• Credit mix: accounting for 10% of your score, a credit mix refers to the types of credit accounts you have and use such as credit cards, loans and other methods of borrowing money. Your credit score will usually be higher if you only use a single type of credit.

How do I check my credit score?

There are several websites you can use to check your credit score, each slightly different. Generally, it is best to check your credit score with at least one of the three UK credit reference agencies (CRAs) mentioned previously: Experian, Equifax, and TransUnion. You will then be able to compare across the different agencies to get a well-rounded view of your current credit profile.

It is also advisable to check your credit annually, and before you take out a loan or apply for credit. Doing so will identify where you can make improvements and increase your score by making adjustments to your lifestyle.

Below are the ways in which you can check your credit scores with the main CRAs:

  • Experian Credit Score: The agency offers new customers a 30-day free trial of its services whereby you can check your Experian credit report and score and be notified of any changes on your account.
  • Equifax Credit Score: Head to their website to access your Equifax credit report and overall score. You will be able to access a free 30-day trial, after which there is a £7.95 per month fee.
  • TransUnion Credit Score: Use Credit Karma to access your credit report and score as you will get a more extensive report and it is free.

What does my credit score mean?

Your credit score will be given to you as a number. However, each credit agency uses its own scale to determine how reliable you are in terms of borrowing money — regardless of the agency, a higher credit score is always better. 

The three main agencies use the following ranges for credit scores: 

  • Experian: your credit scores will be between 0-999
  • Equifax: scores range from 0-1000
  • TransUnion: assigns a score between 0-710

These are then further broken down into five categories that are used to rate your credit score. These are “very poor”, “poor”, “fair”, “good”, and “excellent”. Below are the category ranges for each of the three main credit reference agencies, and what they mean.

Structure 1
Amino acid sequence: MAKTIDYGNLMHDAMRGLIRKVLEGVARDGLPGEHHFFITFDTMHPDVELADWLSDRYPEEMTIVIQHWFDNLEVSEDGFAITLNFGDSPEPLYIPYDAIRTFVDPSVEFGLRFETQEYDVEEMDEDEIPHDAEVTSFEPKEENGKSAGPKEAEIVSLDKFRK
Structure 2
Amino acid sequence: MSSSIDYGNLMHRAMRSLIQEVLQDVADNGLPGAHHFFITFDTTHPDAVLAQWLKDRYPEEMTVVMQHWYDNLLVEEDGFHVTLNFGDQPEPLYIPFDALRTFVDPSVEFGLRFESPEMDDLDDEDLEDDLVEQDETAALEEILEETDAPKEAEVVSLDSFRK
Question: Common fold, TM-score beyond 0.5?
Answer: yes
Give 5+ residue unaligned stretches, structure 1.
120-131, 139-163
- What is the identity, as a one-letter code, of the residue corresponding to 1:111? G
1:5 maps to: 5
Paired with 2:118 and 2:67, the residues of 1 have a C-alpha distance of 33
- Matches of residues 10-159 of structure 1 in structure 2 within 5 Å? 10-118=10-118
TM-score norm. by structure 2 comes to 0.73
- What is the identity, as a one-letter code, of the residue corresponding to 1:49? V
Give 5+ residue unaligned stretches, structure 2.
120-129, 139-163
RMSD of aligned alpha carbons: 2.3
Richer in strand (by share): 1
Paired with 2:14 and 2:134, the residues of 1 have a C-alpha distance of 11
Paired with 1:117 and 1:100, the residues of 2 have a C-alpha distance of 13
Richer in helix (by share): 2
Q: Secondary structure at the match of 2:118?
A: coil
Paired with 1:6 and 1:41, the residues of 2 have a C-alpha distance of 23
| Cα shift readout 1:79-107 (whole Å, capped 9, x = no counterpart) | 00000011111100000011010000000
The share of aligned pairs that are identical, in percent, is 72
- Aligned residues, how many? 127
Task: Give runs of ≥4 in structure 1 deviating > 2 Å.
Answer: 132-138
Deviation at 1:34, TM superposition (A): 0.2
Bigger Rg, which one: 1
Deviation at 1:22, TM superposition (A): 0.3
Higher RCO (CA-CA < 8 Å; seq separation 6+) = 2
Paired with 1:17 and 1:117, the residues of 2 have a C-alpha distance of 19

Very Poor0-5600-4380-550

How do I improve my credit score?

If you are finding that your credit score is hindering your ability to take out a loan or get a good interest rate, here are seven tips to improve your score.

  1. Make regular payments on time: your payment history accounts for 35% of your overall credit score, therefore keeping on top of bills and other monthly outgoings will dramatically help improve your credit score by showing your ability to manage credit and payments consistently.
  2. Keep your credit utilisation low: Try to keep your credit utilisation below 30% if you can as this helps lower the risk lenders associate with loaning you credit. For example, if you have access to £2000 of credit, only using up to £500 will make your credit utilisation 25%.
  3. Build up your history of using credit: lenders look for strong credit history as an indicator of reliability. If you have little to no record, you will likely have a lower score as 15% of your credit score relies on your history of using credit. In order to build up your record, make regular payments over a reasonable amount of time and try to stick to one type of credit.
  4. Check your credit report for errors: even small mistakes on your credit record such as having the wrong address can impact your credit score negatively. Make sure you check for any typos and other details to make sure they are all accurate.
  5. Limit new credit requests: this refers to hard enquiries such as applications for new credit or a mortgage. Checking your credit record is considered a soft inquiry and doing so will not damage your credit score. However, multiple hard enquiries in a short period of time are likely to lower your credit score as lenders may interpret them as you being in financial difficulties. Try to limit the number of enquiries you make, only doing so if it is really necessary.
  6. Keep old accounts in use: using an account long-term is beneficial as it helps bolster your credit history. Additionally, most lenders will favour mature credit accounts with low credit utilisation.
  7. Join the electoral register: it may seem like a minor detail but joining the electoral register if you haven’t already done so will improve your credit score. This is because it helps lenders identify you and confirm your address, reducing the likelihood of identity theft.